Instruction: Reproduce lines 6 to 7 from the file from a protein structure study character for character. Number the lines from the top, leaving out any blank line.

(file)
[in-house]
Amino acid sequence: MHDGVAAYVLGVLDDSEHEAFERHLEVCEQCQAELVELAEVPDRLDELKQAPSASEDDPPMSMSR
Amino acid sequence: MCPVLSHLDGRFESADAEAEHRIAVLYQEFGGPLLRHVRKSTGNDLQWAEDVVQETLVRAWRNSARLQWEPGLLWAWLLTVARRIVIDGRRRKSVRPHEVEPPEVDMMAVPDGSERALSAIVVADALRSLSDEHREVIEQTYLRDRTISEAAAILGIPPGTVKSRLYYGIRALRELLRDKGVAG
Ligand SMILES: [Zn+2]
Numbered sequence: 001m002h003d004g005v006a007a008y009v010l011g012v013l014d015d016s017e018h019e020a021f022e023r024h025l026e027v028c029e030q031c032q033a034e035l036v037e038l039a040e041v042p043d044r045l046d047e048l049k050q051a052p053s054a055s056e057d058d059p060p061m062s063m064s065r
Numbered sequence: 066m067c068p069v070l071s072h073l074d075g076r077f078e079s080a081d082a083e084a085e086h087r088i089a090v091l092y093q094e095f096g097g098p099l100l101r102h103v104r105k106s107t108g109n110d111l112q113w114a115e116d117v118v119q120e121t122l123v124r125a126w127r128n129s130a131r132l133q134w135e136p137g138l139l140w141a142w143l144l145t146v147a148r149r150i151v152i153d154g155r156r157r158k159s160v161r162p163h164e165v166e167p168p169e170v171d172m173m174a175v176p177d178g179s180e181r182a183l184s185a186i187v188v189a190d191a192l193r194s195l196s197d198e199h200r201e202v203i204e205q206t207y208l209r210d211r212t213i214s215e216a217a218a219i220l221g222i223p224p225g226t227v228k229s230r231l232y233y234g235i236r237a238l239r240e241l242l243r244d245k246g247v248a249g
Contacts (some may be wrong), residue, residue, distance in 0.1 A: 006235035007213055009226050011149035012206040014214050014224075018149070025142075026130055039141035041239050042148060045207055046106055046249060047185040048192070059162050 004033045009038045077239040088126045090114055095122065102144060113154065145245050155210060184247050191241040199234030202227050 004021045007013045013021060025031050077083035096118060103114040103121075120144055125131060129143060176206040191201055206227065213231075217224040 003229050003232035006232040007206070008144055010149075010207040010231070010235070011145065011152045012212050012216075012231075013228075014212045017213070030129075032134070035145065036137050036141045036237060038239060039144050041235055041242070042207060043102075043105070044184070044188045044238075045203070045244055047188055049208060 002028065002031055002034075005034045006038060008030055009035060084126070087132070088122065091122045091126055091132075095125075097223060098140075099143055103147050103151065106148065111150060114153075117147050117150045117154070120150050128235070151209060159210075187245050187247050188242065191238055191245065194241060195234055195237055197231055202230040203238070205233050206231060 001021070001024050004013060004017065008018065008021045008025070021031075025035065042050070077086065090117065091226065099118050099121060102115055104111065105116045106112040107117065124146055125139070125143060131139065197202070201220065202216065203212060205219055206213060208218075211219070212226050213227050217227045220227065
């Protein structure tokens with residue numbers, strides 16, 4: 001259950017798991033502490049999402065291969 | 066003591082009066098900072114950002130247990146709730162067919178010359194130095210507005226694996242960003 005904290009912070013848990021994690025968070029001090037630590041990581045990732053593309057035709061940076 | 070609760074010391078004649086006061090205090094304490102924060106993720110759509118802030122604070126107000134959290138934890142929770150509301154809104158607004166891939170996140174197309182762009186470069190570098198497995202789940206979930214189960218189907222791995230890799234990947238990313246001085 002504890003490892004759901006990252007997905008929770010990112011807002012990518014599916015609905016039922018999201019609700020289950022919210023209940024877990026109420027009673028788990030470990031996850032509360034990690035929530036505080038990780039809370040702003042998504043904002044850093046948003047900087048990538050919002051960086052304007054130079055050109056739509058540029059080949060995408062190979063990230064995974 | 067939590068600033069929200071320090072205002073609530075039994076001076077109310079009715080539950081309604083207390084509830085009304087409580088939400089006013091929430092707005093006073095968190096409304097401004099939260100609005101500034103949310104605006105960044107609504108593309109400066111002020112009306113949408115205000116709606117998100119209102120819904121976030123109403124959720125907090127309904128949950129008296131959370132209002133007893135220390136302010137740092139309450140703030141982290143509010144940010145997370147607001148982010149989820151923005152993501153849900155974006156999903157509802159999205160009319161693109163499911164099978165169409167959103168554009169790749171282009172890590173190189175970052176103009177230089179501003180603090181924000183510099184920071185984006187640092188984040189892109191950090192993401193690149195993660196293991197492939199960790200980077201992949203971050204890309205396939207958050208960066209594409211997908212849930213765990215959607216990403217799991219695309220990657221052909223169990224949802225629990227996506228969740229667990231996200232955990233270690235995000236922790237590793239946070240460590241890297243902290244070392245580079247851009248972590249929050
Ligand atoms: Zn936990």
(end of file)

Numbered sequence: 066m067c068p069v070l071s072h073l074d075g076r077f078e079s080a081d082a083e084a085e086h087r088i089a090v091l092y093q094e095f096g097g098p099l100l101r102h103v104r105k106s107t108g109n110d111l112q113w114a115e116d117v118v119q120e121t122l123v124r125a126w127r128n129s130a131r132l133q134w135e136p137g138l139l140w141a142w143l144l145t146v147a148r149r150i151v152i153d154g155r156r157r158k159s160v161r162p163h164e165v166e167p168p169e170v171d172m173m174a175v176p177d178g179s180e181r182a183l184s185a186i187v188v189a190d191a192l193r194s195l196s197d198e199h200r201e202v203i204e205q206t207y208l209r210d211r212t213i214s215e216a217a218a219i220l221g222i223p224p225g226t227v228k229s230r231l232y233y234g235i236r237a238l239r240e241l242l243r244d245k246g247v248a249g
Contacts (some may be wrong), residue, residue, distance in 0.1 A: 006235035007213055009226050011149035012206040014214050014224075018149070025142075026130055039141035041239050042148060045207055046106055046249060047185040048192070059162050 004033045009038045077239040088126045090114055095122065102144060113154065145245050155210060184247050191241040199234030202227050 004021045007013045013021060025031050077083035096118060103114040103121075120144055125131060129143060176206040191201055206227065213231075217224040 003229050003232035006232040007206070008144055010149075010207040010231070010235070011145065011152045012212050012216075012231075013228075014212045017213070030129075032134070035145065036137050036141045036237060038239060039144050041235055041242070042207060043102075043105070044184070044188045044238075045203070045244055047188055049208060 002028065002031055002034075005034045006038060008030055009035060084126070087132070088122065091122045091126055091132075095125075097223060098140075099143055103147050103151065106148065111150060114153075117147050117150045117154070120150050128235070151209060159210075187245050187247050188242065191238055191245065194241060195234055195237055197231055202230040203238070205233050206231060 001021070001024050004013060004017065008018065008021045008025070021031075025035065042050070077086065090117065091226065099118050099121060102115055104111065105116045106112040107117065124146055125139070125143060131139065197202070201220065202216065203212060205219055206213060208218075211219070212226050213227050217227045220227065